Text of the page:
Dystonia is a disorder of the nerves which causes various muscles undergo sudden and abnormal contractions which results in repetitive and abnormal movements. Sometimes, the body gets distorted into abnormal postures for certain intervals of time due to the twisting movements caused by such muscular contractions. Focal dystonia is a type of dystonia where such abrupt and unnatural muscular contractions are focused at a single or a cluster of muscles in a particular area of the body.
For instance, focal hand dystonia is characterized by uncontrolled, involuntary, sudden and spasmodic closing in and opening out of the fingers of the hands. In focal dystonia of the hand, the inward curling and outward opening motions of the fingers take place in sudden, uncontrolled spasms rather than intentional or voluntary contraction of the muscles of the hands. So, what causes focal dystonia? What are the symptoms and how can this neurological condition be treated? Let's proceed upon finding out the answers to these questions.
So, what exactly causes focal dystonia and what are the mechanics behind this condition? Well, the sudden, spasmodic muscle twitching takes place when the neurons that are present in the thin nervous tissue layer enclosing the brain (sensorimotor cortex) misfire. The sensorimotor cortex can be equated with a neurological map of the entire human body and each part of the body, its functions and movements, are represented upon this map. When a representation of a certain body part becomes blurred or distorted upon this neural map, the neurons that carry message to such a body part get confused causing them to misfire. This induces the uncontrolled, sudden twitches and abnormal muscular contractions that are characteristic of focal dystonia.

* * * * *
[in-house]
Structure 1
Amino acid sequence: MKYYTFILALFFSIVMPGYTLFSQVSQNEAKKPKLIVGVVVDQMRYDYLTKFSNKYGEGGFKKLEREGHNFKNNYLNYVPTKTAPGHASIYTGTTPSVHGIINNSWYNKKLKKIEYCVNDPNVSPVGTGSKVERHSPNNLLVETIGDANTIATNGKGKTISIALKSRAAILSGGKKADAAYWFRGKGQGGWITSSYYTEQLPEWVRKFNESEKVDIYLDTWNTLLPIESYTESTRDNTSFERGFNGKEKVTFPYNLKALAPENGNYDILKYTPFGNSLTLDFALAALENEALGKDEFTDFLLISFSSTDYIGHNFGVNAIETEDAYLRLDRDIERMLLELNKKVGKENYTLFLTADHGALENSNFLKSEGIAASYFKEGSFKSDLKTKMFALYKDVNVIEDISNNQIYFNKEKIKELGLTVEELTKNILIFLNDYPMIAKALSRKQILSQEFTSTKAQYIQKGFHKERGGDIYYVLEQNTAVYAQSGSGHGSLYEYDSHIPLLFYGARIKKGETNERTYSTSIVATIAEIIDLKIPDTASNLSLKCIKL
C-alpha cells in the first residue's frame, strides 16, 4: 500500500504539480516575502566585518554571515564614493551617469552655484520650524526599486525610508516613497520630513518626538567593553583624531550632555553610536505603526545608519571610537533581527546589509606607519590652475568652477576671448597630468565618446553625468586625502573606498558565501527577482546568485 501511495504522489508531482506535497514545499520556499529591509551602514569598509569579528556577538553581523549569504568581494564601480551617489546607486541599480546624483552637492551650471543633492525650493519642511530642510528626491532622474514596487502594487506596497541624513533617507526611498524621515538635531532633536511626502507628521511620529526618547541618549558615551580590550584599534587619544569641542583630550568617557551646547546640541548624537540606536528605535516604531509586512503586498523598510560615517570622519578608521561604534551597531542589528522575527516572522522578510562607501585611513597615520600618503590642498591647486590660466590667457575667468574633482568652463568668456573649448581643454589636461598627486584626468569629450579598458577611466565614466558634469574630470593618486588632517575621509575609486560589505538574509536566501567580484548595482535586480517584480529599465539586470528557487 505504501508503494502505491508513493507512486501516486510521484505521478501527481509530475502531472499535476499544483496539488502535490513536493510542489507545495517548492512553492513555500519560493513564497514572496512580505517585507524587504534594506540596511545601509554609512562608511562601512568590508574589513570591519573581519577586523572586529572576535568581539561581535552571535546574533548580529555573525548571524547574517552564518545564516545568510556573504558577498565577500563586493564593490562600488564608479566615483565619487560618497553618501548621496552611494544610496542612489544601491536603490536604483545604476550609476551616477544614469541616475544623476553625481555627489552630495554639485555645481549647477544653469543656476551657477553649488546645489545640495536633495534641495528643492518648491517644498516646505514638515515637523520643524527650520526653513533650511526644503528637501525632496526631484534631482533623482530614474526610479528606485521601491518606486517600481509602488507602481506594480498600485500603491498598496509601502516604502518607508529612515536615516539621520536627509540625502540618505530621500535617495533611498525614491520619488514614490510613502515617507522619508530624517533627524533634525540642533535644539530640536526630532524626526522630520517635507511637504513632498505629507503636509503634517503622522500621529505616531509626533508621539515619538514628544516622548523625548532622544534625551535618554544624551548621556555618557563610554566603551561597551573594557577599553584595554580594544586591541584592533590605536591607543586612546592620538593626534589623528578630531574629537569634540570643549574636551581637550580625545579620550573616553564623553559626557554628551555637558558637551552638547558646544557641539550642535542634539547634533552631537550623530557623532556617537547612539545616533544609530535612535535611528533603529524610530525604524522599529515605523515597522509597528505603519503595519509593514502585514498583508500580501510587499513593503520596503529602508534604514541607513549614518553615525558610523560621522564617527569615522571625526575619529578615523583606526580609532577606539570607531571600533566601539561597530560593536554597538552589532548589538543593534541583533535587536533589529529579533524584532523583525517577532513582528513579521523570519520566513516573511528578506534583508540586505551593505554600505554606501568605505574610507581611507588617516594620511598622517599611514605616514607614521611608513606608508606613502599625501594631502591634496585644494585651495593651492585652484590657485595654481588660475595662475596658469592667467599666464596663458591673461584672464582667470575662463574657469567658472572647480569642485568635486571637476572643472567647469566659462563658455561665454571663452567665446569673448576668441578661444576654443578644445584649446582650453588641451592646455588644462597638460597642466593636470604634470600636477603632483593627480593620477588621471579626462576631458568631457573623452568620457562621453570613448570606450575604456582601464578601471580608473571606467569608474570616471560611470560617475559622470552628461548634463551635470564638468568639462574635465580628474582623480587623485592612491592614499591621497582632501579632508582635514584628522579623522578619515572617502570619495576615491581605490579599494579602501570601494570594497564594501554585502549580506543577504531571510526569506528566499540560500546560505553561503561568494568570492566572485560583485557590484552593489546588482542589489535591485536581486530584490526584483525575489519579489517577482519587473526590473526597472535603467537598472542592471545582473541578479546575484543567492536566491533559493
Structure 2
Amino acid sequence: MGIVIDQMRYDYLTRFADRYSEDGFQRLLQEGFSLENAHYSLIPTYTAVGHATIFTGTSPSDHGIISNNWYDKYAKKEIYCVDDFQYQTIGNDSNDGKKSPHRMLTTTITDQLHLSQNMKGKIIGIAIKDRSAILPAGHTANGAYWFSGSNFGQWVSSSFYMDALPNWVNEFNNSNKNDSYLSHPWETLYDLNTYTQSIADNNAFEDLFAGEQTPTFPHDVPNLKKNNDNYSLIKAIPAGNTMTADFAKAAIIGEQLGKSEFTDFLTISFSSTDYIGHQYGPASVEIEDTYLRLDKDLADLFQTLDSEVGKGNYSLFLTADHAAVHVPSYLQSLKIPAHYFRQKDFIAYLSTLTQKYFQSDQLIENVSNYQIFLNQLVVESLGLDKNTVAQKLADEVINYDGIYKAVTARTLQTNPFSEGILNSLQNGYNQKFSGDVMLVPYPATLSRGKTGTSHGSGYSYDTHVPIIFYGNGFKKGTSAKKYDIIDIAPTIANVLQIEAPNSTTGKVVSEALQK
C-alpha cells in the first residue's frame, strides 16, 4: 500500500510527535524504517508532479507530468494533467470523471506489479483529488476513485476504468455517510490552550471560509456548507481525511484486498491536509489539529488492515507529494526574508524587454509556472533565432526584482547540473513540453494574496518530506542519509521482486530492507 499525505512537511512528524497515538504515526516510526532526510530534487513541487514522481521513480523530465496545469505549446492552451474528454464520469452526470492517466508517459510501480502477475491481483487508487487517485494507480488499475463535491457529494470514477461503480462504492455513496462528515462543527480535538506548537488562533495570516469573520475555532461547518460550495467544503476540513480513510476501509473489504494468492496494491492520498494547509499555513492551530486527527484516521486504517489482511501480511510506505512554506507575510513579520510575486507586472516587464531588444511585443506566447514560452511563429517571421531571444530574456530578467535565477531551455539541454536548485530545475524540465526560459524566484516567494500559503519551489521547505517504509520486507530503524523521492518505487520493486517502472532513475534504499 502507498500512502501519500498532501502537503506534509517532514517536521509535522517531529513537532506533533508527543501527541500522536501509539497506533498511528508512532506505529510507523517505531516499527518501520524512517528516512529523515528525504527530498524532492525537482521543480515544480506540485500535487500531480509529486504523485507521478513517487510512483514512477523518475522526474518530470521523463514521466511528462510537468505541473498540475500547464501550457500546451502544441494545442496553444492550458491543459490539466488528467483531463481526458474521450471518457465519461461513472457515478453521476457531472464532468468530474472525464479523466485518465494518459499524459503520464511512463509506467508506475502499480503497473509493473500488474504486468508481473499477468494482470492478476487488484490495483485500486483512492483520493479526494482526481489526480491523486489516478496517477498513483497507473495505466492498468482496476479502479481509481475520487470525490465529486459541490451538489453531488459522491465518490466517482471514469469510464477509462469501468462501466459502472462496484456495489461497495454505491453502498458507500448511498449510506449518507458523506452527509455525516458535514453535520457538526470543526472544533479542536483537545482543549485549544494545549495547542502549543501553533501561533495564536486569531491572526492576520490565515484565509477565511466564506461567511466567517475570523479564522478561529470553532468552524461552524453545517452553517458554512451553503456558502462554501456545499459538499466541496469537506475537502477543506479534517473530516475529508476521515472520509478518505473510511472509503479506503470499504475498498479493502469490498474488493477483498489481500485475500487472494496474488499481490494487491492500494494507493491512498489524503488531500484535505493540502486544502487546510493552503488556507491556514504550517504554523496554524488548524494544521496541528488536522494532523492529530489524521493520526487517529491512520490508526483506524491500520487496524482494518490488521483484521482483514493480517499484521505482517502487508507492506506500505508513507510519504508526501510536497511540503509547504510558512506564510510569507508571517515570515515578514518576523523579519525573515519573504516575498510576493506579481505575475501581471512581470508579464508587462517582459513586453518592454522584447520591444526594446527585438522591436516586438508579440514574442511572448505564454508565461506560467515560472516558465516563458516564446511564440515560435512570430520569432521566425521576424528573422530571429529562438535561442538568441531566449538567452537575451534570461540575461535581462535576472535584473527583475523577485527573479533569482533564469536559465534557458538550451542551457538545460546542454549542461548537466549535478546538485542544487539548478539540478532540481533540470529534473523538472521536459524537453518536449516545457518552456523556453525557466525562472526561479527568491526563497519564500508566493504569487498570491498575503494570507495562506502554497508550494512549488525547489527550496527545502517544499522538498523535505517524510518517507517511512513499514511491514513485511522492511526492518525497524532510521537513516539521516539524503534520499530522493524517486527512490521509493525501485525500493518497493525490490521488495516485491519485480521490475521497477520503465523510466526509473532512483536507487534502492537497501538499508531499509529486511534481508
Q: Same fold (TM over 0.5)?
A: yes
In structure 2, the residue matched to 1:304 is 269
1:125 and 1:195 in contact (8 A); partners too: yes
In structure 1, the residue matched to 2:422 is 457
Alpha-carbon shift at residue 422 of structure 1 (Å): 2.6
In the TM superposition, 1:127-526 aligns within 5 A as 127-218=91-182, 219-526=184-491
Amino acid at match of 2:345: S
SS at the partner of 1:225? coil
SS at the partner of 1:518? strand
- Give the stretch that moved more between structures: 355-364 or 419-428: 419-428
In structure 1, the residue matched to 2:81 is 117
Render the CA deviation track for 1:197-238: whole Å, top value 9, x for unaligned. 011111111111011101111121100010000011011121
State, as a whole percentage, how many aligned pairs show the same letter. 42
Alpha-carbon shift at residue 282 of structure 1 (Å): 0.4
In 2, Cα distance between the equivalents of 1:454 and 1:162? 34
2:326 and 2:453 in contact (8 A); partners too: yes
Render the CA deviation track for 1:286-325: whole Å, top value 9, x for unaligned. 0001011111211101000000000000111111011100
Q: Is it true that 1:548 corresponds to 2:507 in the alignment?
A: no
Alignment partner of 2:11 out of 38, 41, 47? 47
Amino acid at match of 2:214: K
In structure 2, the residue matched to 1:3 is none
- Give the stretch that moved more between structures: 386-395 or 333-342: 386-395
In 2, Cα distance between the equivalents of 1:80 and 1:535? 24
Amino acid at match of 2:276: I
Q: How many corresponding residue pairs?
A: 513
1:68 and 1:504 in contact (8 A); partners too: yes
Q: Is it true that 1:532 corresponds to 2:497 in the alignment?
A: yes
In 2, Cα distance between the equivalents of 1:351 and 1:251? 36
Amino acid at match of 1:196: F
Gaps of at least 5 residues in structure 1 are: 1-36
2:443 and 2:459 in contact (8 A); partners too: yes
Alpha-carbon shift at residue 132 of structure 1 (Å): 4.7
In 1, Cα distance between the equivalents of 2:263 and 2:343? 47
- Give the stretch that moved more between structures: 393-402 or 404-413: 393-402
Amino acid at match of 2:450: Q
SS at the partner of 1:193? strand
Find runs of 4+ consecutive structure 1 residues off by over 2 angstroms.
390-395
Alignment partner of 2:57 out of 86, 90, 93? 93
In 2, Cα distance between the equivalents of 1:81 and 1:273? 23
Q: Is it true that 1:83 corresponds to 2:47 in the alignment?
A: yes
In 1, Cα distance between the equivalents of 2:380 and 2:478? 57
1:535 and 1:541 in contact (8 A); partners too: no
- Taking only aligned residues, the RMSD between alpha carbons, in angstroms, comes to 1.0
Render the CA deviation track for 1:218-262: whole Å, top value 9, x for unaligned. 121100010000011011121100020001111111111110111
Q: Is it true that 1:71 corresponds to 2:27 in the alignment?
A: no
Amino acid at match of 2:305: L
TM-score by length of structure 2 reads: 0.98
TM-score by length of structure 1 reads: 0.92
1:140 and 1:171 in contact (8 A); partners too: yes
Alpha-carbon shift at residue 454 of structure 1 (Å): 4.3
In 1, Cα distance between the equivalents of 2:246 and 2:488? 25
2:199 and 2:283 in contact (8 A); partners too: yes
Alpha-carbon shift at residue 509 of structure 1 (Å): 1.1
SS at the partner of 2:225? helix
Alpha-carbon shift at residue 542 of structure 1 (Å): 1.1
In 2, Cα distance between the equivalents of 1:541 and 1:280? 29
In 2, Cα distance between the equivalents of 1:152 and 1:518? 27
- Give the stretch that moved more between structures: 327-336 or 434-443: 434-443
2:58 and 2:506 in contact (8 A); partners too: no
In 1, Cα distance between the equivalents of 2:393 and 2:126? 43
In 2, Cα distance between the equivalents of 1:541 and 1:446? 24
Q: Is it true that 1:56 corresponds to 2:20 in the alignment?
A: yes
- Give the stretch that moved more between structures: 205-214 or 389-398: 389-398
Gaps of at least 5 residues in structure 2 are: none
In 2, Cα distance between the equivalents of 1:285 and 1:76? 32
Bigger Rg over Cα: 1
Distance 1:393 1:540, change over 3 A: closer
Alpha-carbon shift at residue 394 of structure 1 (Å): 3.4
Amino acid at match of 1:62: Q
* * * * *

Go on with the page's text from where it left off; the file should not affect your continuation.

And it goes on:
Another reason behind the dystonia of a particular body part, or a specific muscle region thereof, is different areas of this neural map getting cross connected. This leads to the wrong neural signals being sent to the wrong areas. It's very similar to telephone line cross connections where your phone rings for the wrong reasons and you may be able to listen to the conversation of other people without being able to do much about it. Both these reasons lead to either loss of motor control or distorted motor functions of the affected cluster or group of muscles.
Any uncontrolled and sustained contraction of a single or a group of muscles in any part of the body may indicate towards possible focal dystonia. Also, any sudden case of postural distortion of any part of the body is a common dystonia symptom and may be indicative of focal dystonia. The most common cases of this type of dystonia occur in the eyelids (Blepharospasm which is characterized by either an increase in blinking or persistent closure of the eyelids causing functional blindness), the head and neck (cervical dystonia which is characterized by muscular spasms in these areas and may even result in the neck assuming twisted or other abnormal postures), the lower part of the face and lower jaw (Oromandibular and lingual dystonia which are symptomized by forceful opening and closing of the mouth caused by strong contraction of the local muscles), larynx (spasmodic dystonia which is indicated by the affected individual having difficulty with his/her vocal cord functions) and limbs.
The most common treatment of this condition is botox. This is a symptomatic treatment and botox injections only serve to alleviate the muscular spasms. These injections do not cure the condition at the neurological level. The only way to eradicate this disorder from its roots is to retrain the sensorimotor to enable the misrepresented or affected body part to be better identified upon this neural map. This is like re-wiring the brain and remapping the sensorimotor cortex.
Many a time, musicians and instrumentalists develop focal dystonia of the hands, mouth and fingers as an overuse or overtraining of certain muscles has shown to cause a representative distortion of that muscle upon the cortical map. Leon Fleisher, Alex Klein, Ernestine Whitman, Keith Emerson and Gary Graffman are such notable musicians who have been diagnosed with dystonia of various muscles, depending upon their mode of creating music. Dilbert comic strip creator Scott Adams also suffers from dystonia of the hand.